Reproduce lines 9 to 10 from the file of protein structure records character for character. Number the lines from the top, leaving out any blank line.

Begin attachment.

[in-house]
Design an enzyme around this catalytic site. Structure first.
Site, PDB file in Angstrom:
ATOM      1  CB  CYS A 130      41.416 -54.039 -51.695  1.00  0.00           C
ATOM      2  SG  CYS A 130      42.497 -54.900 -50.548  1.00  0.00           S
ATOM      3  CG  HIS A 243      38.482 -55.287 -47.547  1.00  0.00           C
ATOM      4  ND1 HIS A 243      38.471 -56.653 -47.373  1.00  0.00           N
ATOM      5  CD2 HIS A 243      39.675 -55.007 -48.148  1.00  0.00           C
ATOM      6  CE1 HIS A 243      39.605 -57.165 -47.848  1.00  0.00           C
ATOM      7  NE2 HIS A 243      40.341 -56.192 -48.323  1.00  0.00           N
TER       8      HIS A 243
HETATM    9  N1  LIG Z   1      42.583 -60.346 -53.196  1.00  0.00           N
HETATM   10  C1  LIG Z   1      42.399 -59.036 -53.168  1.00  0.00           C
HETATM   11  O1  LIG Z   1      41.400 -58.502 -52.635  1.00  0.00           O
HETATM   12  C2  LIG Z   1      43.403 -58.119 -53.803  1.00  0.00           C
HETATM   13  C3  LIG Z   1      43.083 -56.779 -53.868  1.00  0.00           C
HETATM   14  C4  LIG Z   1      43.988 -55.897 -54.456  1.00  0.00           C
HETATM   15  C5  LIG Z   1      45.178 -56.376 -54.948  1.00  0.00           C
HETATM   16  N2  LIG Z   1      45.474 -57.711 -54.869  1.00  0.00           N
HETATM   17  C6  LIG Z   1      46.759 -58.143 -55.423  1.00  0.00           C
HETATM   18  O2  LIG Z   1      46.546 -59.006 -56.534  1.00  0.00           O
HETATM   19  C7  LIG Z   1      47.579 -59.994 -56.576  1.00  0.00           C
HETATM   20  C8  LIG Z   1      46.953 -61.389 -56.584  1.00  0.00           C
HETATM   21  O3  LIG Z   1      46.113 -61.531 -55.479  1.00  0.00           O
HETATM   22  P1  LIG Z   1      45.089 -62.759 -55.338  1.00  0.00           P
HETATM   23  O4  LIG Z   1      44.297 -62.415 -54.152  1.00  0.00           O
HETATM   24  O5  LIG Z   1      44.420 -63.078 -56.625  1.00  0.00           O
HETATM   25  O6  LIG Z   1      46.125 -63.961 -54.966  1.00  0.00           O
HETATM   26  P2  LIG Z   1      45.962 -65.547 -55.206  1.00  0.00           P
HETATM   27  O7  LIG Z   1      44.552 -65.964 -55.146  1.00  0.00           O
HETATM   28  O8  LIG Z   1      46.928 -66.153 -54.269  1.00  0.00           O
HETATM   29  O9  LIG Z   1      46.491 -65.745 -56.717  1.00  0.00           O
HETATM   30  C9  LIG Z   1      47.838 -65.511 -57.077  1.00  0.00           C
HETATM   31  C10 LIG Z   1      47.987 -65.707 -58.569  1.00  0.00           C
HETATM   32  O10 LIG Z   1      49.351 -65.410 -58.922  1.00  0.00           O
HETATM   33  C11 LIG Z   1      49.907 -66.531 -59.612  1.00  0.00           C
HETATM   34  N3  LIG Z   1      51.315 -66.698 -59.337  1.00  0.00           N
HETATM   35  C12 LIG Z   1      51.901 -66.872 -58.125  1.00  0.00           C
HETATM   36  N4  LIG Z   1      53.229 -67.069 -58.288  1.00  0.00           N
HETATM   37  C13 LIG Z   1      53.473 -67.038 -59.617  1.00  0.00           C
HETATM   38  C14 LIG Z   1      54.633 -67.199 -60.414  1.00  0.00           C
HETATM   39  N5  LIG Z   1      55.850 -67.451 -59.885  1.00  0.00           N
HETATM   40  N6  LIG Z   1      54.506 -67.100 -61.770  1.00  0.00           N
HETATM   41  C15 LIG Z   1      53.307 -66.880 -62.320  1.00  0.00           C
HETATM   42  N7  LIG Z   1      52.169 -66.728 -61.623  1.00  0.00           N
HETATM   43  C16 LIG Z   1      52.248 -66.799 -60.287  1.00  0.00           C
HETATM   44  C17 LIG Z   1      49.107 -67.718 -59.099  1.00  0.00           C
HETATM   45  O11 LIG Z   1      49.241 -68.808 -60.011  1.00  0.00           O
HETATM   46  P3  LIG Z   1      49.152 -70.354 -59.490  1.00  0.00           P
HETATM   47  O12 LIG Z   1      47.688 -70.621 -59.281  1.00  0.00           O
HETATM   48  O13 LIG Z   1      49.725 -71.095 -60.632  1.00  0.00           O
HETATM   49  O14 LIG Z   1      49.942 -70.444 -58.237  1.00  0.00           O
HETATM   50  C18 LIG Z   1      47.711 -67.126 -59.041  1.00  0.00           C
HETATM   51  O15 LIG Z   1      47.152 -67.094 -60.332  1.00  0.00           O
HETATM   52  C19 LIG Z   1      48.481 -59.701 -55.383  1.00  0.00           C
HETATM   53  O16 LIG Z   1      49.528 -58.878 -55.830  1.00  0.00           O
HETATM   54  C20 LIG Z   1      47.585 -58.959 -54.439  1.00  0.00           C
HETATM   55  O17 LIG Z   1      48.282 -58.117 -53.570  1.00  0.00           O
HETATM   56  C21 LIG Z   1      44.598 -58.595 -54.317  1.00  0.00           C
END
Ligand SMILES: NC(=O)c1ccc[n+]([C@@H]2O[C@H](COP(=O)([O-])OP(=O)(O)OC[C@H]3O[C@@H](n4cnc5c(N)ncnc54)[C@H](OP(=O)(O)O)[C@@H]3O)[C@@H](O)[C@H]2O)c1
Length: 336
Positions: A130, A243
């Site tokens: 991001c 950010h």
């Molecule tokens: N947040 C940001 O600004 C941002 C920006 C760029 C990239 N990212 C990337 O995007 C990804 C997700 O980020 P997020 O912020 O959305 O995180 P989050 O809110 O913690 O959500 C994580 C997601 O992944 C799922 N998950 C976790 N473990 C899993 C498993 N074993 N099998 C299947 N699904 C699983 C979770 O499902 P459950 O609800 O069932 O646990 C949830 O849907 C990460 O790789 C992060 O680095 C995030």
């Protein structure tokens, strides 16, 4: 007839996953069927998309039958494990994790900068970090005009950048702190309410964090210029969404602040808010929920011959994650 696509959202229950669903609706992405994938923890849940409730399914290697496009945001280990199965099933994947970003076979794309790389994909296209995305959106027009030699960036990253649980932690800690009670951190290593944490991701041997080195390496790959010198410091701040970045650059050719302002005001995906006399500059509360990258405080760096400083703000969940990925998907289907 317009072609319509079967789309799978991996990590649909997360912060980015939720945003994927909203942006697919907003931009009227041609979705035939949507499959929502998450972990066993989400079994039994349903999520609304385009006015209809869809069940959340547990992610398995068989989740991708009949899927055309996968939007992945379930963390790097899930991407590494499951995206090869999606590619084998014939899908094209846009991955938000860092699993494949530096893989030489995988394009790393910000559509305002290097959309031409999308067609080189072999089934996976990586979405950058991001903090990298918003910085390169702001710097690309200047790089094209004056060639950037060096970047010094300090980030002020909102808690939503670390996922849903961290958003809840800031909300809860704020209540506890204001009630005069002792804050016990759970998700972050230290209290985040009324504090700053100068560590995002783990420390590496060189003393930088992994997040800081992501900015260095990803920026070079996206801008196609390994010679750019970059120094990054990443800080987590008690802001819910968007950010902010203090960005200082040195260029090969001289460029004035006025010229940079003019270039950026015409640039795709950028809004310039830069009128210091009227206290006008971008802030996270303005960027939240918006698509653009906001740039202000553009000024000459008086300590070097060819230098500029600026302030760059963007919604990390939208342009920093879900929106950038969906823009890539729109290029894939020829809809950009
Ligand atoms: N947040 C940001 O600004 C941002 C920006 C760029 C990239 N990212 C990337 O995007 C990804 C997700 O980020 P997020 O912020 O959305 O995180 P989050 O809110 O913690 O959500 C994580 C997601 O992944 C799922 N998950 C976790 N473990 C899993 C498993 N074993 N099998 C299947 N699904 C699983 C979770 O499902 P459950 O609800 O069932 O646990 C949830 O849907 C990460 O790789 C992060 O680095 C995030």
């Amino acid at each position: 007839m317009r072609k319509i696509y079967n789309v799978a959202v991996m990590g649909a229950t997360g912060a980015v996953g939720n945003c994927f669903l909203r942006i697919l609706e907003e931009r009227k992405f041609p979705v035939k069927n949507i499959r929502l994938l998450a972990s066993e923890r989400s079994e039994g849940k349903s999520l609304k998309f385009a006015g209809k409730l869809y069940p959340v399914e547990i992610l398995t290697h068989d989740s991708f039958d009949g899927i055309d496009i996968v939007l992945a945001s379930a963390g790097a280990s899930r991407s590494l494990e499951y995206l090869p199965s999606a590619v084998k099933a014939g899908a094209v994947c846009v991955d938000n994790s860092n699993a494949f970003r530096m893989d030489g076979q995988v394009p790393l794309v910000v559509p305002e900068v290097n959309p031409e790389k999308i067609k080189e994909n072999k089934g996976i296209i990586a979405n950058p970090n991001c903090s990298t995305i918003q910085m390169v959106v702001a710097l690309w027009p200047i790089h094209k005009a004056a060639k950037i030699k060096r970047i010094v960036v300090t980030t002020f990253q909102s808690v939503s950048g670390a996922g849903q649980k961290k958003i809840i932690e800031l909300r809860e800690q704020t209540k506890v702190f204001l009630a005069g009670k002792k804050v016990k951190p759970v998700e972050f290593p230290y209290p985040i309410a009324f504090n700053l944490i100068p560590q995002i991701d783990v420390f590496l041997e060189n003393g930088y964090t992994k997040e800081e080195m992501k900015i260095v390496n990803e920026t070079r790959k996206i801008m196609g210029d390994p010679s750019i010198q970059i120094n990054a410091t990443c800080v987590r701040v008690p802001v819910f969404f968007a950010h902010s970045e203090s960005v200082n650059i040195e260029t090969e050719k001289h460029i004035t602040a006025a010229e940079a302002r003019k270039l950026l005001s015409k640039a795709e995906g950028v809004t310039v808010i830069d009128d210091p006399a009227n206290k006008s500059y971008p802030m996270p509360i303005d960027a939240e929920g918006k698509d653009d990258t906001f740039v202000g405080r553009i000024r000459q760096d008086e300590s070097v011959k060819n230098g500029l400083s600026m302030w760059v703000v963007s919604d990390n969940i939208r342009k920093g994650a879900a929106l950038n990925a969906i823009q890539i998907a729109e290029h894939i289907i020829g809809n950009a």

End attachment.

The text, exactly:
ATOM      6  CE1 HIS A 243      39.605 -57.165 -47.848  1.00  0.00           C
ATOM      7  NE2 HIS A 243      40.341 -56.192 -48.323  1.00  0.00           N